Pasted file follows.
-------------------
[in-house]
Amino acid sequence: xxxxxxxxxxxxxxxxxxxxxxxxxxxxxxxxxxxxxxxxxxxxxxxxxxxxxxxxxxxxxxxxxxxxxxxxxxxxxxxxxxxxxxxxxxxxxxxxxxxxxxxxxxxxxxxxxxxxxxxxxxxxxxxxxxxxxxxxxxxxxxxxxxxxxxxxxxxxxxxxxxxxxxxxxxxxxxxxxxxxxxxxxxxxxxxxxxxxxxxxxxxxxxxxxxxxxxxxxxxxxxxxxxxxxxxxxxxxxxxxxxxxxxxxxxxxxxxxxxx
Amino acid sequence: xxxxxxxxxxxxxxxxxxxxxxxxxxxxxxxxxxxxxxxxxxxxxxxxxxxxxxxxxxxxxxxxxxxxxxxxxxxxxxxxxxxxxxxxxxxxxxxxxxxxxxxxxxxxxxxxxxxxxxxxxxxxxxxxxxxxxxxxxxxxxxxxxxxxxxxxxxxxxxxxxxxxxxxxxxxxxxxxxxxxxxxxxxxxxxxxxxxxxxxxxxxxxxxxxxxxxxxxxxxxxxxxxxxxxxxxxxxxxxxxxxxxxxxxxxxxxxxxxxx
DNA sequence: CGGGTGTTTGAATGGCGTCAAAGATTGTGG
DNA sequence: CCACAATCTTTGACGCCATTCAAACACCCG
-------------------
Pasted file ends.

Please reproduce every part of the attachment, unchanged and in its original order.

[in-house]
Amino acid sequence: xxxxxxxxxxxxxxxxxxxxxxxxxxxxxxxxxxxxxxxxxxxxxxxxxxxxxxxxxxxxxxxxxxxxxxxxxxxxxxxxxxxxxxxxxxxxxxxxxxxxxxxxxxxxxxxxxxxxxxxxxxxxxxxxxxxxxxxxxxxxxxxxxxxxxxxxxxxxxxxxxxxxxxxxxxxxxxxxxxxxxxxxxxxxxxxxxxxxxxxxxxxxxxxxxxxxxxxxxxxxxxxxxxxxxxxxxxxxxxxxxxxxxxxxxxxxxxxxxxx
Amino acid sequence: xxxxxxxxxxxxxxxxxxxxxxxxxxxxxxxxxxxxxxxxxxxxxxxxxxxxxxxxxxxxxxxxxxxxxxxxxxxxxxxxxxxxxxxxxxxxxxxxxxxxxxxxxxxxxxxxxxxxxxxxxxxxxxxxxxxxxxxxxxxxxxxxxxxxxxxxxxxxxxxxxxxxxxxxxxxxxxxxxxxxxxxxxxxxxxxxxxxxxxxxxxxxxxxxxxxxxxxxxxxxxxxxxxxxxxxxxxxxxxxxxxxxxxxxxxxxxxxxxxx
DNA sequence: CGGGTGTTTGAATGGCGTCAAAGATTGTGG
DNA sequence: CCACAATCTTTGACGCCATTCAAACACCCG